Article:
Consumer advocate Ralph Nader, who endorsed the ballot measure and spent time in California promoting it, said that Prop. 103's passage "sends a signal to the entire nation that citizens will no longer tolerate the insurance industry's special protections." Nader's endorsement of Prop. 103 was a crucial factor, because confusion among voters over the five initiatives was significant.

According to Marjorie Berte, chairperson of Citizens for No-Fault, the insurance industry-funded organization promoting a competing proposition, "Every time Nader came to the West Coast," Prop. 103 "would pop up a few points [in public opinion polls] and it would take a million bucks in advertising to bring it back down." As part of their unprecedented $70 million campaign, the insurance industry conducted a last minute television advertising blitz, including ads suggesting that the measure would "encourage" drunk driving in the state.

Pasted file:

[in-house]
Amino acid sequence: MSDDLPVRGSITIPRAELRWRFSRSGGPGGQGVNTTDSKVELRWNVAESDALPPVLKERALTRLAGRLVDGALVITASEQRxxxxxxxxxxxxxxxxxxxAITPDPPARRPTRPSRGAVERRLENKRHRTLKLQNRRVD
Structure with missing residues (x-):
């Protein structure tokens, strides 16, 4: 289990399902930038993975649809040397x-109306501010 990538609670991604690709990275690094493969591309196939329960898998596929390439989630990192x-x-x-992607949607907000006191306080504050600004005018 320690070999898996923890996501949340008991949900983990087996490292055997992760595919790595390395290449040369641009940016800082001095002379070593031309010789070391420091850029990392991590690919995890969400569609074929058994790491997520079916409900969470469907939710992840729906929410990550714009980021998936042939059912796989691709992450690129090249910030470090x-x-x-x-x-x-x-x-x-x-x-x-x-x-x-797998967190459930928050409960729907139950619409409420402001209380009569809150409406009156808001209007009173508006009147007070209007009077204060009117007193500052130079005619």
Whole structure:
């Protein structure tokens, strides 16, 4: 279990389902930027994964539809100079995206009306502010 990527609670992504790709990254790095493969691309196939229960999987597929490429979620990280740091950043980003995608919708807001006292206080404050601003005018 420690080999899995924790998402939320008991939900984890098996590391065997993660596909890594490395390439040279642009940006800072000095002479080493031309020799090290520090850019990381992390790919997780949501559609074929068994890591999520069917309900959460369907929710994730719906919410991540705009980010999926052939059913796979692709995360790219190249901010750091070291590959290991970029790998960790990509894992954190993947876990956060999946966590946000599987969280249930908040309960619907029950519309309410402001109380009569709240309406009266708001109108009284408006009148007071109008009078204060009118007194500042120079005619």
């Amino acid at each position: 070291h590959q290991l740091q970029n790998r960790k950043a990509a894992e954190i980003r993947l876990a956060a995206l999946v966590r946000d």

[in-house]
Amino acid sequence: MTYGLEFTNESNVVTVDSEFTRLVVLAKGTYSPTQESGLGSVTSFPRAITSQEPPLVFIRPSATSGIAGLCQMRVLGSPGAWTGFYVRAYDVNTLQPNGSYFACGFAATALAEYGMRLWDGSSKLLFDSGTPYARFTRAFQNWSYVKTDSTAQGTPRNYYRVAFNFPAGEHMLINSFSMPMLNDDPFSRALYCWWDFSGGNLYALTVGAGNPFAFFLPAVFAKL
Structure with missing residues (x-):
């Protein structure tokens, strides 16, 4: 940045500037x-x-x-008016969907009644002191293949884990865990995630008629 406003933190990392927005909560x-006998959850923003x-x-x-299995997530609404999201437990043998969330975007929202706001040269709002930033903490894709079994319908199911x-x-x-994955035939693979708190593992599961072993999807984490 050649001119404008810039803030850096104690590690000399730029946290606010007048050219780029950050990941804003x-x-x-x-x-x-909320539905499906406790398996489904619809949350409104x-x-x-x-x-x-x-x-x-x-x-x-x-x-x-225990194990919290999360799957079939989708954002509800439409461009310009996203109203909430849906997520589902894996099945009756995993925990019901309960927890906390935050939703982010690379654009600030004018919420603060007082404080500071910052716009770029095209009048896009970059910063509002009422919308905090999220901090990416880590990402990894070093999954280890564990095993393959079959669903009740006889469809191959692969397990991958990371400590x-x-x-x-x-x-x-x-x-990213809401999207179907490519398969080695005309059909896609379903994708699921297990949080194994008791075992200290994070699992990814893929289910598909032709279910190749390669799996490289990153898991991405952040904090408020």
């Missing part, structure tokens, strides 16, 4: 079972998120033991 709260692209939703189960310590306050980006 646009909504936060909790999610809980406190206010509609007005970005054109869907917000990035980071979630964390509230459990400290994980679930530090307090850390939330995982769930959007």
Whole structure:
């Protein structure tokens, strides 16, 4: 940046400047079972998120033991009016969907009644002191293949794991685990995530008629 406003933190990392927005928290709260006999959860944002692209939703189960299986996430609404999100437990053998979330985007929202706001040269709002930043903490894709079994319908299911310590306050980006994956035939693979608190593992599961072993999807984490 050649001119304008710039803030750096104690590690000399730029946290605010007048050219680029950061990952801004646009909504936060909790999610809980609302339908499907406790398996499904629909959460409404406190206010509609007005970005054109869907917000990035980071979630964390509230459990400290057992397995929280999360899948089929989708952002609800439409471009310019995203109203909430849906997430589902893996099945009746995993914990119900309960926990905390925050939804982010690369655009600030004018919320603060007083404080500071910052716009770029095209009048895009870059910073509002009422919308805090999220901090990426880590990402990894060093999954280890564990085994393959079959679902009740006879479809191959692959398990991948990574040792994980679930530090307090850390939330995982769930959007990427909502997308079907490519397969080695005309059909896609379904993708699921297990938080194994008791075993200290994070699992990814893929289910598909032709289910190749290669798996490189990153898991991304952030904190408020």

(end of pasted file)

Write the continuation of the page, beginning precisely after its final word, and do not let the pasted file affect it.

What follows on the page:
Both Nader and Candy Lightner, founder of Mothers Against Drunk Driving, disputed that claim. Said Lightner at a press conference the day before the election, "I am deeply disturbed by the insurance industry's . .. false advertising blitz, in which the insurance companies exploit the drunk driving issue.... [Prop. 103] will not encourage drunk driving in any way." Industry front groups also mailed out "voter guides" disguised as party slate cards, issuing "comprehensive recommendations" to voters on candidates and state, county and local ballot measures.